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Podcast

Avoiding Unlawful Housing Discrimination in New York State: Part 3

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April 16, 2024

Guest Speaker: Chelsea L. John, Director of Fair Housing Investigations at NYS Division of Human Rights

Landlords, property managers, realtors, and others in residential real estate strive to avoid inadvertently discriminating against individuals renting or leasing residential properties. Despite best intentions, discrimination can occur against protected classes covered under the New York State Human Rights Law.

Transcript

Alitia Faccone: 

Welcome to Jackson Lewis's podcast, We get work™, focused solely on workplace issues. It is our job to help employers develop proactive strategies, strong policies, and business-oriented solutions to cultivate an engaged, stable and inclusive workforce. Our podcast identifies issues that influence and impact the workplace, and its continuing evolution and helps answer the question on every employer's mind. How will my business be impacted? 

Alitia Faccone: 

In part three of this three-part episode of We get work™, we wrap up our discussion with the New York State Division of Human Rights regarding the prevalence of disability discrimination claims and how such claims may arise concerning housing.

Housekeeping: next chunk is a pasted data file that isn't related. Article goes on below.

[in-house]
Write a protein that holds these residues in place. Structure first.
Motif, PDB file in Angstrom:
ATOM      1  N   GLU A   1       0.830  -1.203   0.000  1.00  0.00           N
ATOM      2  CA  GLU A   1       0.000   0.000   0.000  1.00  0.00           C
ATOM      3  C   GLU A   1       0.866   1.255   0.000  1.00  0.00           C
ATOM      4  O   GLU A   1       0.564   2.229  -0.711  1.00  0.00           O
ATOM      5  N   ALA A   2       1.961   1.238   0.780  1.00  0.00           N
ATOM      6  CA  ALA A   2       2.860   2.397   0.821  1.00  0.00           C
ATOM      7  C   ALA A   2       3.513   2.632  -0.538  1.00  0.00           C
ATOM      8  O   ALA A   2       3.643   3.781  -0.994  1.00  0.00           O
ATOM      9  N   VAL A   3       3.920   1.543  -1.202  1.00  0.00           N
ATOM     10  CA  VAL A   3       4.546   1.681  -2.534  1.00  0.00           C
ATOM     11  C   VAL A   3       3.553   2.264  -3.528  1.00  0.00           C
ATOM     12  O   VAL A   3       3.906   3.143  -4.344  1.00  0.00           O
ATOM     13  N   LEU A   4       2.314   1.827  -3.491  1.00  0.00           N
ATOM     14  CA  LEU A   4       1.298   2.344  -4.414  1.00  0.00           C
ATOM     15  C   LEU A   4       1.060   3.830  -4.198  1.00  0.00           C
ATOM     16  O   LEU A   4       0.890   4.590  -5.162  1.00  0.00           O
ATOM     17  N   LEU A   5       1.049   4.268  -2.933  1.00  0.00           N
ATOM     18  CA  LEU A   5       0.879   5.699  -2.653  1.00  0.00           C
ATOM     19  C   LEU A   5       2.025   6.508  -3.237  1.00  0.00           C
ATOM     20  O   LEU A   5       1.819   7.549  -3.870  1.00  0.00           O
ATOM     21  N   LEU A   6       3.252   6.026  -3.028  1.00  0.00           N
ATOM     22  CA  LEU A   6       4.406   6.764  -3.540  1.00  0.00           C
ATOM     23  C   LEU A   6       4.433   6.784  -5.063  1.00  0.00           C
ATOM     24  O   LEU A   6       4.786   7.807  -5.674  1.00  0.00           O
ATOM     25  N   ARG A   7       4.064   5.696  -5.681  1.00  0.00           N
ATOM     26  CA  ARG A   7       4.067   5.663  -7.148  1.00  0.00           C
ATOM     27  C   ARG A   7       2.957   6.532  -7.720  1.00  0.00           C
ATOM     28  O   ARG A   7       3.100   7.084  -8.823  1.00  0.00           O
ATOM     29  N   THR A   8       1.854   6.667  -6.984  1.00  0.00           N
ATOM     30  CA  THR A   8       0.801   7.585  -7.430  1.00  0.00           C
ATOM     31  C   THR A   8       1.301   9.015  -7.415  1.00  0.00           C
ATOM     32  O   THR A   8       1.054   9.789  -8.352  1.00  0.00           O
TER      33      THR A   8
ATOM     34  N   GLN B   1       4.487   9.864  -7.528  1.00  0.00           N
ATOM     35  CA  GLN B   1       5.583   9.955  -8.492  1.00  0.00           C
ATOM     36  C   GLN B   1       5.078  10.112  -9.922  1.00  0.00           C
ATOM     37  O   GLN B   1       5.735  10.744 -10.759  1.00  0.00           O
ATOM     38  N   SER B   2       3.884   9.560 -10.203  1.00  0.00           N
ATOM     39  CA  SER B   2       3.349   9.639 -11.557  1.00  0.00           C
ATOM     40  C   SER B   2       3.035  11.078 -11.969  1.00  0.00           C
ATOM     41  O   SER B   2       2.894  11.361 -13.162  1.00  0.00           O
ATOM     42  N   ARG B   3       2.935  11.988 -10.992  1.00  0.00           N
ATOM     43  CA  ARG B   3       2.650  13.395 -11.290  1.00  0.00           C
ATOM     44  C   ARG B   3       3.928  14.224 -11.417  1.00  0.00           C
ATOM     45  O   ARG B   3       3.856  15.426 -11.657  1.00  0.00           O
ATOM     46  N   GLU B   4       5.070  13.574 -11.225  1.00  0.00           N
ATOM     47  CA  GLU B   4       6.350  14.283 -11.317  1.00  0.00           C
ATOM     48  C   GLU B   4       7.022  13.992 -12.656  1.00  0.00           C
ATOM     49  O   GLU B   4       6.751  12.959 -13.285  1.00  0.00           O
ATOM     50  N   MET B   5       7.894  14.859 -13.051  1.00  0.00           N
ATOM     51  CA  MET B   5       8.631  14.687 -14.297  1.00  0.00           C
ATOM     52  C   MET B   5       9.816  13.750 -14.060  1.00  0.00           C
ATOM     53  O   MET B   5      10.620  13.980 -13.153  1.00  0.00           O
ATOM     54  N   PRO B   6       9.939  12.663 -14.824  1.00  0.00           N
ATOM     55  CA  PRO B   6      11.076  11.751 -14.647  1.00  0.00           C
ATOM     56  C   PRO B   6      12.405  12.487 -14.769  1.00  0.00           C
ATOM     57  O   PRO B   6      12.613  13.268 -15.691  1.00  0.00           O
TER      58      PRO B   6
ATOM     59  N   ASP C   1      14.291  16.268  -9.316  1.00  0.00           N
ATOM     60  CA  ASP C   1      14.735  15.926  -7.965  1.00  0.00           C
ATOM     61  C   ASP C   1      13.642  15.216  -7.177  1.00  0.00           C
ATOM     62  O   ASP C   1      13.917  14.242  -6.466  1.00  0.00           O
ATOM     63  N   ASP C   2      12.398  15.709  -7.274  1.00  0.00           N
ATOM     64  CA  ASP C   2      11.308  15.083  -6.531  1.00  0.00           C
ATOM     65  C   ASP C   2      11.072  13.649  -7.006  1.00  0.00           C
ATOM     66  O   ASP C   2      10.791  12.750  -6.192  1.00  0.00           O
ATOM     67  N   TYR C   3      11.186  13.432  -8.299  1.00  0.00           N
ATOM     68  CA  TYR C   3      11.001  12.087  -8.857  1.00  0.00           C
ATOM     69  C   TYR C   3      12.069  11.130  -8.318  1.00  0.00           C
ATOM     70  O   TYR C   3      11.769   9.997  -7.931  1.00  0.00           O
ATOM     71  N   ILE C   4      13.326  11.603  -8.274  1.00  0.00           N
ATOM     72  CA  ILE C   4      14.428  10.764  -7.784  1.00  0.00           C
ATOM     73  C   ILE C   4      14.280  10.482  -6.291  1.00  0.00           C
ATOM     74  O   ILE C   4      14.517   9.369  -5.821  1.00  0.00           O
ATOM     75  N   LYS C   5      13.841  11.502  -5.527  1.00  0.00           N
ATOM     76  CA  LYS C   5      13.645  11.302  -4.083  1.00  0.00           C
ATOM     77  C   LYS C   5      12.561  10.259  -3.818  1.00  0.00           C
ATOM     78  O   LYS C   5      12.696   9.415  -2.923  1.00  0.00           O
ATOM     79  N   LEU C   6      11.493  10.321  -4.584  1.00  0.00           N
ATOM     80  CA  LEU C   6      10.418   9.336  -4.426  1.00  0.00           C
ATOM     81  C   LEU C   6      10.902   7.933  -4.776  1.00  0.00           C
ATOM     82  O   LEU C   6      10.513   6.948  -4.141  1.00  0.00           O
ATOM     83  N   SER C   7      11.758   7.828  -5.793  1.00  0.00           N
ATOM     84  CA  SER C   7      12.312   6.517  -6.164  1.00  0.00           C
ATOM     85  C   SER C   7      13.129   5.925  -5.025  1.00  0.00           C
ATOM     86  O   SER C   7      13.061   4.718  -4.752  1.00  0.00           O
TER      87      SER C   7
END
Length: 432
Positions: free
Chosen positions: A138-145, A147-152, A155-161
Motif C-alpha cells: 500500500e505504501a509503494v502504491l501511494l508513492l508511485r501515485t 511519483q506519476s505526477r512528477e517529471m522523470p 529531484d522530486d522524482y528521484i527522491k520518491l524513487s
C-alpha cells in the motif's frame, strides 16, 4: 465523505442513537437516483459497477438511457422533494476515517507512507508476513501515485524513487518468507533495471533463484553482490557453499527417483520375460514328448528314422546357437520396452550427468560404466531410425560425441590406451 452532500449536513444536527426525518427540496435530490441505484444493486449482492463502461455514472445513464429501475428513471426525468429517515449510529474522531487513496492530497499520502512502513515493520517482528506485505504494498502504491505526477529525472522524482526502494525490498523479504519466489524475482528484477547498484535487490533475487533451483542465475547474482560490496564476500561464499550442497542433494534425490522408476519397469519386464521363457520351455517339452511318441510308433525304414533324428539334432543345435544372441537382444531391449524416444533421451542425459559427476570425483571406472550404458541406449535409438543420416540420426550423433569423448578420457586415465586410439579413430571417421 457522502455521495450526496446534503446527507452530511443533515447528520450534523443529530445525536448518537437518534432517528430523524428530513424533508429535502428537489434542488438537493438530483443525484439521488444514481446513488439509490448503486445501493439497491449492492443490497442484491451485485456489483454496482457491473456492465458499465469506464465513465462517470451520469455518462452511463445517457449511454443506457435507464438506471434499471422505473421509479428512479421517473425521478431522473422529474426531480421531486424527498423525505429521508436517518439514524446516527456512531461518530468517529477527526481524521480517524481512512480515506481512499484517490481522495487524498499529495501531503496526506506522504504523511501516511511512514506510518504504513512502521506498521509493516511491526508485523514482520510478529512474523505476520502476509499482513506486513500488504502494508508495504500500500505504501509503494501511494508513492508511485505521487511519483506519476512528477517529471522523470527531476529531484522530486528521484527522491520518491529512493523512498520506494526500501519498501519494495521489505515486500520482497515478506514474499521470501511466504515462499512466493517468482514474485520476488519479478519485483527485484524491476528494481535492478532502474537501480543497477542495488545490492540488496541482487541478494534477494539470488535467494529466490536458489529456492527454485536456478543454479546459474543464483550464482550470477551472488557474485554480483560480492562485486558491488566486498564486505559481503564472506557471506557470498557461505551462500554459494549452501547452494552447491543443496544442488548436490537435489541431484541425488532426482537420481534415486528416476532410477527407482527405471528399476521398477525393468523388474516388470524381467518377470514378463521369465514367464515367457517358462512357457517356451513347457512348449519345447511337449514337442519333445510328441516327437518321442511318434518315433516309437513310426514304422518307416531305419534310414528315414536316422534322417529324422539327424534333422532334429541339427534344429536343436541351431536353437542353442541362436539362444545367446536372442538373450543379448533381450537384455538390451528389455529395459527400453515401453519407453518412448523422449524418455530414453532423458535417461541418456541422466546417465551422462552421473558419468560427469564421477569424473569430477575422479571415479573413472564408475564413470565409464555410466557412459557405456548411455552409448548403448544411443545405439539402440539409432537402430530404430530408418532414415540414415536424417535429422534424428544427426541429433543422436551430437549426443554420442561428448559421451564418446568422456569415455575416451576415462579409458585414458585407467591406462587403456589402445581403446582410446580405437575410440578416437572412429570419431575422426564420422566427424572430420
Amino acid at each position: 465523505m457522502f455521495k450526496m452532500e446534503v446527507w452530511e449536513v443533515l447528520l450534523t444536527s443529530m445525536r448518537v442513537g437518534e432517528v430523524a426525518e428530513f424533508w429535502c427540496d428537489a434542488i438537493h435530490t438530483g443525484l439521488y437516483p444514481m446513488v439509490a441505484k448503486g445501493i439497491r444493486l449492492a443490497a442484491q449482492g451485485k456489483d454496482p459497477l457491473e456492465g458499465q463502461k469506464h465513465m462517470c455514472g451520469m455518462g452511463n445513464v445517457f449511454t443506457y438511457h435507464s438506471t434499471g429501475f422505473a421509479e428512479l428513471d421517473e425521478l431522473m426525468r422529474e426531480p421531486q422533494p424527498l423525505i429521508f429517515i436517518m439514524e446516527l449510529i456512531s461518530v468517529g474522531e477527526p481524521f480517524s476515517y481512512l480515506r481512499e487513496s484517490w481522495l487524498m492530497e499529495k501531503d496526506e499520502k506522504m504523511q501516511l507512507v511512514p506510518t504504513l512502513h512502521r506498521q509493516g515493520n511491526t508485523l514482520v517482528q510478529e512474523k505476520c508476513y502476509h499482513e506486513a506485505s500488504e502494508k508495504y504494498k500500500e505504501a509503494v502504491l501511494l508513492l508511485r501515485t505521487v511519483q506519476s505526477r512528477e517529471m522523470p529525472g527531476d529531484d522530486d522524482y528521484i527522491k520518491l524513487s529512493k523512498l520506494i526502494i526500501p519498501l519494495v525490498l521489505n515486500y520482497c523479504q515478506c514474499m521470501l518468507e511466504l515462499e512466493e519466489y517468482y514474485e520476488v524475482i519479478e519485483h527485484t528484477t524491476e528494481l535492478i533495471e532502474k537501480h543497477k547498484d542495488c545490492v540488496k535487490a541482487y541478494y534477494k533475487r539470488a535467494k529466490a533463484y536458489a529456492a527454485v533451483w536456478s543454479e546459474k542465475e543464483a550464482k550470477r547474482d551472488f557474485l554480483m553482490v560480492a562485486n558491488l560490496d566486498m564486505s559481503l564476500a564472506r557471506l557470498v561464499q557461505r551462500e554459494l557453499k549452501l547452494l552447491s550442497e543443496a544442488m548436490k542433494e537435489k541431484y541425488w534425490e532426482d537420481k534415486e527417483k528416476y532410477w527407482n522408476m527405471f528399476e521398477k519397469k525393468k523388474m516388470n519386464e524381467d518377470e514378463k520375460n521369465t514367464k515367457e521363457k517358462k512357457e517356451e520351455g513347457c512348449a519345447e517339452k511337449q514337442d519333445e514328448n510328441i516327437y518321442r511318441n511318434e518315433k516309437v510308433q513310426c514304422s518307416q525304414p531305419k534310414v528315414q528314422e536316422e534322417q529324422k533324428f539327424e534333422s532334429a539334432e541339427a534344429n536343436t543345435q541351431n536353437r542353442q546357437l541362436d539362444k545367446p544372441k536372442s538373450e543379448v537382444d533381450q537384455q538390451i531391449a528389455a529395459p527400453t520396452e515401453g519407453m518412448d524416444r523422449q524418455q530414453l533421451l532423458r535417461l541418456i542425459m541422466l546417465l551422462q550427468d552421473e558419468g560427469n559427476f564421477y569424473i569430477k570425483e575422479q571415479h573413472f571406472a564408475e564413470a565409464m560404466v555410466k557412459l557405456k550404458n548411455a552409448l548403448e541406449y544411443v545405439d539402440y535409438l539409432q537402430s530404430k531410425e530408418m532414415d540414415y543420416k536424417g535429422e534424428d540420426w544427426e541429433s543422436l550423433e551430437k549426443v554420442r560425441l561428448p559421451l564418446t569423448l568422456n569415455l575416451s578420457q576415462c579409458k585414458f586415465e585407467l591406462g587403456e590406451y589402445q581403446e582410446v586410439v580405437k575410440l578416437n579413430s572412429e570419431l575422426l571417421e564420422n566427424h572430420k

Our hosts today are Diane Krebs, principal in Jackson Lewis’ Long Island office and member of the Real Estate Industry group, and special guest Chelsea L. John, Director of Housing Investigations with the New York State Division of Human Rights. 

With experience in housing, civil rights, labor, and employment discrimination matters, Diane provides comprehensive counseling, advice, and litigation defense to employers and real estate professionals.

Chelsea, whose prior experience includes positions at the New York City Commission on Human Rights and New York City nonprofit organizations, is well-versed in employment law, public accommodations, and housing discrimination, as well as bias-based policing.

 

Diane and Chelsea, the question on everyone’s mind today is, what are some best practices for working with prospective or current tenants with disabilities to minimize discrimination claims, and how does that impact my business?

Diane Krebs:

Okay, so why don't we switch gears a little bit? We've been talking about source of income discrimination, but another big topic that you mentioned for the division is disability discrimination. And I think that given its prevalence, in fact you've said that at least half on average of your claims are disability discrimination claims. I think we would be remiss if we didn't at least talk about this a little bit. So can you first give us a general idea, what kinds of disability discrimination claims are you seeing in the real estate arena?

Chelsea John: